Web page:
There were three homes on Bend's south side right next to Highway 97 that had water heaters powered by solar panels. That's not as good as a completely solar-powered home, but it was good to see them on the low end of the price spectrum, from $162,000 to $189,500.
Of the nine homes in pricier NorthWest Crossing, only one had solar power. But, it was a complete solar home, meaning that it's a "Zero Energy Home." When the sun is shining, it produces energy for the grid and results in a credit on your power bill. When the sun isn't shining, you use energy from the grid and pay accordingly.
Since Central Oregon touts its 300 days of sunshine each year, it's safe to say this home won't cost anything to heat or cool.
It was built by SolAire Homebuilders with the asking price of $399,900, which is down from about $600,000 a new home in NorthWest Crossing would've fetched in 2006.
I didn't see all the homes on the tour, but did happen to be cycling through Caldera Springs, an upscale area attached to Sunriver. Of the four homes there, none had solar power. Three of the four homes on the tour there were already sold. The low end was $659,900.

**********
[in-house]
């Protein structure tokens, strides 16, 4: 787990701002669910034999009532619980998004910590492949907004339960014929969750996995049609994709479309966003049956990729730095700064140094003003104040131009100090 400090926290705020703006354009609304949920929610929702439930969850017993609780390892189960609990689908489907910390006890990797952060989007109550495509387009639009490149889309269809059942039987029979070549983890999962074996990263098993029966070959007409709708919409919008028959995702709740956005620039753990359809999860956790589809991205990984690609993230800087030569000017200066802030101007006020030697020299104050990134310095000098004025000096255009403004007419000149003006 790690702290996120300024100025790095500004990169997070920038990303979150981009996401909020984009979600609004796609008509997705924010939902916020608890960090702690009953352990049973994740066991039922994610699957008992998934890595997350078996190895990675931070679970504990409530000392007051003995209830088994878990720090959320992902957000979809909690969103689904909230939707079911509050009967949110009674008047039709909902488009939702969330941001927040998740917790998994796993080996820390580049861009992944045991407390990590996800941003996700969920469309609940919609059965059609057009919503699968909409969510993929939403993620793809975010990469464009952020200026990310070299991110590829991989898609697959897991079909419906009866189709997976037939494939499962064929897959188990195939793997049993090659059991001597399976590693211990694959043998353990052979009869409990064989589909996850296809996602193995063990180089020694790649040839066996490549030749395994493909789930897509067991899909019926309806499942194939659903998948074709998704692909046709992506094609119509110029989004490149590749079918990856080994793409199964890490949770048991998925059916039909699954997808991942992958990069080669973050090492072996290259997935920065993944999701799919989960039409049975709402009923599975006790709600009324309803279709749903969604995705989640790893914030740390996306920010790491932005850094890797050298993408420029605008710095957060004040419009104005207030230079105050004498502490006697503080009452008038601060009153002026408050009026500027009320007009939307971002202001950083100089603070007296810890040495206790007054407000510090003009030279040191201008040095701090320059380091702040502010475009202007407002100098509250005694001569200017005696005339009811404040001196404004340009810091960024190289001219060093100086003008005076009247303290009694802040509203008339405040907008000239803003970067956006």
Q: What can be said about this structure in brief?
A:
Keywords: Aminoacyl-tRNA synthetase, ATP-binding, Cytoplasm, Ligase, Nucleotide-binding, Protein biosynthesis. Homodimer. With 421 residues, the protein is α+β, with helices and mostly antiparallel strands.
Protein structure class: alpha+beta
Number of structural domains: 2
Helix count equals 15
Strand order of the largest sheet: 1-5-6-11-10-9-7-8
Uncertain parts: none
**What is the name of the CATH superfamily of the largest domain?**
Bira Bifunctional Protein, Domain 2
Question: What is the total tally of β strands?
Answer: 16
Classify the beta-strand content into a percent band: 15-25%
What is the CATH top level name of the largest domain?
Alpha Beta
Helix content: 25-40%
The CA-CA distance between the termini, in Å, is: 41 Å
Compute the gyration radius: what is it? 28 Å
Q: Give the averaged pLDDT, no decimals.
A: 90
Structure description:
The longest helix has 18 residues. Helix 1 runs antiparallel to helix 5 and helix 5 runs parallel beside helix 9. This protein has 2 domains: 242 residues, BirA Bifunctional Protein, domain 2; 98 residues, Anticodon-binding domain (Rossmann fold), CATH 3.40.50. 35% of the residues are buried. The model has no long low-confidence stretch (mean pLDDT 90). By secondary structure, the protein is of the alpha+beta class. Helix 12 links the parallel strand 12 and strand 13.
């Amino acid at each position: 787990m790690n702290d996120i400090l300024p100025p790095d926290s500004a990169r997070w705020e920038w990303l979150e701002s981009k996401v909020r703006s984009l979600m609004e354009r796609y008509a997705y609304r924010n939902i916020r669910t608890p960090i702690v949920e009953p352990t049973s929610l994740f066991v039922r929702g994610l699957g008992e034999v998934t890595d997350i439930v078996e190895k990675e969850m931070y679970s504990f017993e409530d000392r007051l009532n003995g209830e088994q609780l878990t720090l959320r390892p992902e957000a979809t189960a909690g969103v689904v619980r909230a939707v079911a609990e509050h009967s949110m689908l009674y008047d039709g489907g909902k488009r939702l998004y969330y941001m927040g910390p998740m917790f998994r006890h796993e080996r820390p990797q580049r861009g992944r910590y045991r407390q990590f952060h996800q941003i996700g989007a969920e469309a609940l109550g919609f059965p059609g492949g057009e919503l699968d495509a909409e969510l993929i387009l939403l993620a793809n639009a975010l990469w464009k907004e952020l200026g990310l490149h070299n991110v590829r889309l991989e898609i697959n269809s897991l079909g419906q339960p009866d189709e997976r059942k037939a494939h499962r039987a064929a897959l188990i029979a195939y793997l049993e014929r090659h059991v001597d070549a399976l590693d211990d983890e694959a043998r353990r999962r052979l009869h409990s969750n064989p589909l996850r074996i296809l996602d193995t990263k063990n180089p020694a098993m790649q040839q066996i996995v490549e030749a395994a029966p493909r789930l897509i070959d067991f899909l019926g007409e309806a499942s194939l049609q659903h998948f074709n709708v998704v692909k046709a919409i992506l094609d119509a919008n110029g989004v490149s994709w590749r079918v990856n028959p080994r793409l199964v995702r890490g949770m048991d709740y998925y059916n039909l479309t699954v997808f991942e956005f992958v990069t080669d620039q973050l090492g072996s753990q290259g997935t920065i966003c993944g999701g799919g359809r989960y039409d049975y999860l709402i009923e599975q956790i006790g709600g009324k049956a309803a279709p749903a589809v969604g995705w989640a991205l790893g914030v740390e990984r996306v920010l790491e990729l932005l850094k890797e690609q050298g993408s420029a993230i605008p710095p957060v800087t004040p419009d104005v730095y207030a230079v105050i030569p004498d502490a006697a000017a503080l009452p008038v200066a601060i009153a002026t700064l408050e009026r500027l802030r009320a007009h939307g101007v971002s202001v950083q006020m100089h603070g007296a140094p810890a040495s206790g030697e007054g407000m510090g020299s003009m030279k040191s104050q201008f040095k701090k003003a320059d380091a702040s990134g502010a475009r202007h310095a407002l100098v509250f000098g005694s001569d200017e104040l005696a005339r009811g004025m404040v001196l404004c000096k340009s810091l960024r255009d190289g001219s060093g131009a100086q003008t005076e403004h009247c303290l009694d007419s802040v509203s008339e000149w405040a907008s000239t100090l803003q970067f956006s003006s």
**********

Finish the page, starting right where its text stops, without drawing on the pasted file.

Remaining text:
I missed the homes in Tetherow, a high-end golf course subdivision on the southwest edge of Bend. Homes there were priced in the $700,000 to $900,000 range. None had solar power.
In 2011, it is shameful that all new homes, particularly the most expensive ones, in Central Oregon are not powered by solar energy.
Local governments in this region don't require solar power even though this place is marketed as the land of abundant sunshine.
If the booster set wants to attract more businesses to this area, it should put its money where its mouth is.
All cities in Central Oregon should require all new homes valued at more than $300,000 to be completely powered by solar energy. Those under $300,000 should, at the bare minimum, have water heaters powered by solar panels.
If governments in areas of the country with plenty of sunshine adopted solar mandates, a whole new demand would develop. This demand would force creation of a more efficient grid system, which in turn would further demand for a way to store all this power generated here. Afterall, the experts tells us, demand is what's holding the economy back.
As electric vehicles and plug-in hybrids become more popular, a solar energy home would not only power the household, but also the electric vehicles used by that household.
The benefits are obvious including less reliance on any oil, foreign or domestic. Yes, it means we wouldn't be paying the Middle East terrorists to terrorize us.
But, it's almost 10 years after 9/11 and we still haven't gotten the memo.
What will it take? A mushroom cloud over Manhattan?